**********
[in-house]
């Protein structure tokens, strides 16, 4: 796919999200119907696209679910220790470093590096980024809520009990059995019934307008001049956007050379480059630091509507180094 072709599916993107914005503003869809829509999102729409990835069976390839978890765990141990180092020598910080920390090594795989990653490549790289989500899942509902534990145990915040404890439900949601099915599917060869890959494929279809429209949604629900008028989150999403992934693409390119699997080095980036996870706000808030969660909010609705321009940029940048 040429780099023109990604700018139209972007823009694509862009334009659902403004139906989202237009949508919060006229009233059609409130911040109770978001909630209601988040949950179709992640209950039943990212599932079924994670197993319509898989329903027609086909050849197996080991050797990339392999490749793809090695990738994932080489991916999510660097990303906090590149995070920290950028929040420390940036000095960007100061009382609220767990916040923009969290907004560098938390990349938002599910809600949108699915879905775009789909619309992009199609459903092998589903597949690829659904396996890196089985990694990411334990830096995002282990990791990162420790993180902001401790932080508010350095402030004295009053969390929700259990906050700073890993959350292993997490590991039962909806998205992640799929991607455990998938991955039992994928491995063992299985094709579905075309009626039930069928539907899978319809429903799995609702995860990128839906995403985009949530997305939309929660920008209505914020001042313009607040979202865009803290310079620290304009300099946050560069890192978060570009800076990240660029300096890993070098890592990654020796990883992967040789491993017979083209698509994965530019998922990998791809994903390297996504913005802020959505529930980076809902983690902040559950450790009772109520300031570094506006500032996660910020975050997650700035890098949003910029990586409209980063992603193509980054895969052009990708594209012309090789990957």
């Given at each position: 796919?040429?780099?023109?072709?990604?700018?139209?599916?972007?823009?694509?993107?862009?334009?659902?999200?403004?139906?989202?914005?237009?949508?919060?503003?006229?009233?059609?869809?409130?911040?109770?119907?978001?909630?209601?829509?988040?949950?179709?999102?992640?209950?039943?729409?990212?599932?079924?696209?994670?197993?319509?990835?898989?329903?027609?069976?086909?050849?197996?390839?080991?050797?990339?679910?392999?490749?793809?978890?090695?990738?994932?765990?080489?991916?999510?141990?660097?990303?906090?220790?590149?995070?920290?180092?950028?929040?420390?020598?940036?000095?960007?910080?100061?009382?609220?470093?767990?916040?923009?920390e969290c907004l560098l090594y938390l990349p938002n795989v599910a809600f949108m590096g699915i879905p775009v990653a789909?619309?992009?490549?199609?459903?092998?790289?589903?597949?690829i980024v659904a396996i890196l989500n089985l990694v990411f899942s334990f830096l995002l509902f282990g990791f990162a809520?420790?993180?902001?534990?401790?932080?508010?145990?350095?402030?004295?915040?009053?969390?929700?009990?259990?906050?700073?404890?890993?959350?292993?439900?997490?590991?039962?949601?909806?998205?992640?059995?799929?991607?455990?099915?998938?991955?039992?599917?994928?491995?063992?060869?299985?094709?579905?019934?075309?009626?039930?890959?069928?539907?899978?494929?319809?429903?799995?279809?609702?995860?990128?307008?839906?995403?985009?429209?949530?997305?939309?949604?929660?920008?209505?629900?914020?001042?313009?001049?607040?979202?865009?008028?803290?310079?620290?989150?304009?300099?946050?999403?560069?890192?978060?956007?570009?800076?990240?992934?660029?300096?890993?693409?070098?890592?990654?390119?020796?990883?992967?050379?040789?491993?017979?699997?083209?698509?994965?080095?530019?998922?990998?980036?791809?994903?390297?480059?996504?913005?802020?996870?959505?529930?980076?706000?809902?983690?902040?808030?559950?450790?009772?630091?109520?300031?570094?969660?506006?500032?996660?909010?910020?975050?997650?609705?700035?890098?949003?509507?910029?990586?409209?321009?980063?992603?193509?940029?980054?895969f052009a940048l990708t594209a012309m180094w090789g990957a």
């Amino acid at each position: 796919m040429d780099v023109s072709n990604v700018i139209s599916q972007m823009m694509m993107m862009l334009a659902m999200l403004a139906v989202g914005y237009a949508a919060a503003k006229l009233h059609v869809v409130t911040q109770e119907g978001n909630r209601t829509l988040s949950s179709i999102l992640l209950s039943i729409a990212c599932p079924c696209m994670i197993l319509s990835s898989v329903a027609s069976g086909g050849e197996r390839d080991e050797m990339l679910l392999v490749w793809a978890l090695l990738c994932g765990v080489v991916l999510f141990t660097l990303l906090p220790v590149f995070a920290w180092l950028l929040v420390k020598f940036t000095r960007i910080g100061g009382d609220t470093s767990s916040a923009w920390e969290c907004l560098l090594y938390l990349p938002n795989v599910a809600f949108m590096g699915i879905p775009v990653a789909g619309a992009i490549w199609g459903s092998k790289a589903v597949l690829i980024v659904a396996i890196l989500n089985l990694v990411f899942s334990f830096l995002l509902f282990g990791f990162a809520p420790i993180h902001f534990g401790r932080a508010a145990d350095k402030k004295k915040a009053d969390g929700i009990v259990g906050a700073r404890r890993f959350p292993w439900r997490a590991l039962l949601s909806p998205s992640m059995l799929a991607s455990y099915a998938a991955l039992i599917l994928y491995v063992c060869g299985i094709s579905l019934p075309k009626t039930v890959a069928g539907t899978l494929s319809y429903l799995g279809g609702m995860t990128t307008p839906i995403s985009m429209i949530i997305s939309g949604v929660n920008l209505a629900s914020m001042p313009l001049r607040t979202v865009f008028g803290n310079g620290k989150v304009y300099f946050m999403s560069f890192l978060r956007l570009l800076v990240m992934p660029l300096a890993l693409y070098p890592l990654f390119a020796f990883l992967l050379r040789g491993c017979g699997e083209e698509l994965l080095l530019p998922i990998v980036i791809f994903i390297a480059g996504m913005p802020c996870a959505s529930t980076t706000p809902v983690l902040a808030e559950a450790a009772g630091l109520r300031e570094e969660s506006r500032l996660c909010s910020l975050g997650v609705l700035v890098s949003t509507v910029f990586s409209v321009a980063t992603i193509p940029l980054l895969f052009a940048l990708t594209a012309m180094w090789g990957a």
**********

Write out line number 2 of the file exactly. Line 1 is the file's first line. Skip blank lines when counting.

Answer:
């Protein structure tokens, strides 16, 4: 796919999200119907696209679910220790470093590096980024809520009990059995019934307008001049956007050379480059630091509507180094 072709599916993107914005503003869809829509999102729409990835069976390839978890765990141990180092020598910080920390090594795989990653490549790289989500899942509902534990145990915040404890439900949601099915599917060869890959494929279809429209949604629900008028989150999403992934693409390119699997080095980036996870706000808030969660909010609705321009940029940048 040429780099023109990604700018139209972007823009694509862009334009659902403004139906989202237009949508919060006229009233059609409130911040109770978001909630209601988040949950179709992640209950039943990212599932079924994670197993319509898989329903027609086909050849197996080991050797990339392999490749793809090695990738994932080489991916999510660097990303906090590149995070920290950028929040420390940036000095960007100061009382609220767990916040923009969290907004560098938390990349938002599910809600949108699915879905775009789909619309992009199609459903092998589903597949690829659904396996890196089985990694990411334990830096995002282990990791990162420790993180902001401790932080508010350095402030004295009053969390929700259990906050700073890993959350292993997490590991039962909806998205992640799929991607455990998938991955039992994928491995063992299985094709579905075309009626039930069928539907899978319809429903799995609702995860990128839906995403985009949530997305939309929660920008209505914020001042313009607040979202865009803290310079620290304009300099946050560069890192978060570009800076990240660029300096890993070098890592990654020796990883992967040789491993017979083209698509994965530019998922990998791809994903390297996504913005802020959505529930980076809902983690902040559950450790009772109520300031570094506006500032996660910020975050997650700035890098949003910029990586409209980063992603193509980054895969052009990708594209012309090789990957």